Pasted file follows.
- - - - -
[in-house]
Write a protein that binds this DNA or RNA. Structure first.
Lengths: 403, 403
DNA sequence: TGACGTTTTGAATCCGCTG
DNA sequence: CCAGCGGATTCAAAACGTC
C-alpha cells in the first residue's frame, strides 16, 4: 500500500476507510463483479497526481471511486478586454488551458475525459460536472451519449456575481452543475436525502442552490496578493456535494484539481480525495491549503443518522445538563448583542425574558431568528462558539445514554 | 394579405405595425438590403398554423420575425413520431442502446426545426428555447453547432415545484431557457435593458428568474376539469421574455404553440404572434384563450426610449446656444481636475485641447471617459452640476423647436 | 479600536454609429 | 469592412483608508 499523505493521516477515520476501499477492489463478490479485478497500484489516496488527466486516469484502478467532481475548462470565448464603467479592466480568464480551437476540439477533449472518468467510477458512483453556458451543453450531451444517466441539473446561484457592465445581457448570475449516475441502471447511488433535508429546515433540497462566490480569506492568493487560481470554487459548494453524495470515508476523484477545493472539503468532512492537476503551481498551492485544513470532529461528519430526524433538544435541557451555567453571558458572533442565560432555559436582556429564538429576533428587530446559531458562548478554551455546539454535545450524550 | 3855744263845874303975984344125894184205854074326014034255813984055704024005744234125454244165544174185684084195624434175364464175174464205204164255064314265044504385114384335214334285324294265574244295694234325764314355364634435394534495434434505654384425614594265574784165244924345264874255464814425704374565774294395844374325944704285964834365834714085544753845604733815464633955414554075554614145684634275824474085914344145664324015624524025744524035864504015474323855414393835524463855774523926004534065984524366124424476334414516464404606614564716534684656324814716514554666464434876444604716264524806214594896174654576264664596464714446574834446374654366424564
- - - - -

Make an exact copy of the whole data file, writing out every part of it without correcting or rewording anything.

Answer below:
[in-house]
Write a protein that binds this DNA or RNA. Structure first.
Lengths: 403, 403
DNA sequence: TGACGTTTTGAATCCGCTG
DNA sequence: CCAGCGGATTCAAAACGTC
C-alpha cells in the first residue's frame, strides 16, 4: 500500500476507510463483479497526481471511486478586454488551458475525459460536472451519449456575481452543475436525502442552490496578493456535494484539481480525495491549503443518522445538563448583542425574558431568528462558539445514554 | 394579405405595425438590403398554423420575425413520431442502446426545426428555447453547432415545484431557457435593458428568474376539469421574455404553440404572434384563450426610449446656444481636475485641447471617459452640476423647436 | 479600536454609429 | 469592412483608508 499523505493521516477515520476501499477492489463478490479485478497500484489516496488527466486516469484502478467532481475548462470565448464603467479592466480568464480551437476540439477533449472518468467510477458512483453556458451543453450531451444517466441539473446561484457592465445581457448570475449516475441502471447511488433535508429546515433540497462566490480569506492568493487560481470554487459548494453524495470515508476523484477545493472539503468532512492537476503551481498551492485544513470532529461528519430526524433538544435541557451555567453571558458572533442565560432555559436582556429564538429576533428587530446559531458562548478554551455546539454535545450524550 | 3855744263845874303975984344125894184205854074326014034255813984055704024005744234125454244165544174185684084195624434175364464175174464205204164255064314265044504385114384335214334285324294265574244295694234325764314355364634435394534495434434505654384425614594265574784165244924345264874255464814425704374565774294395844374325944704285964834365834714085544753845604733815464633955414554075554614145684634275824474085914344145664324015624524025744524035864504015474323855414393835524463855774523926004534065984524366124424476334414516464404606614564716534684656324814716514554666464434876444604716264524806214594896174654576264664596464714446574834446374654366424564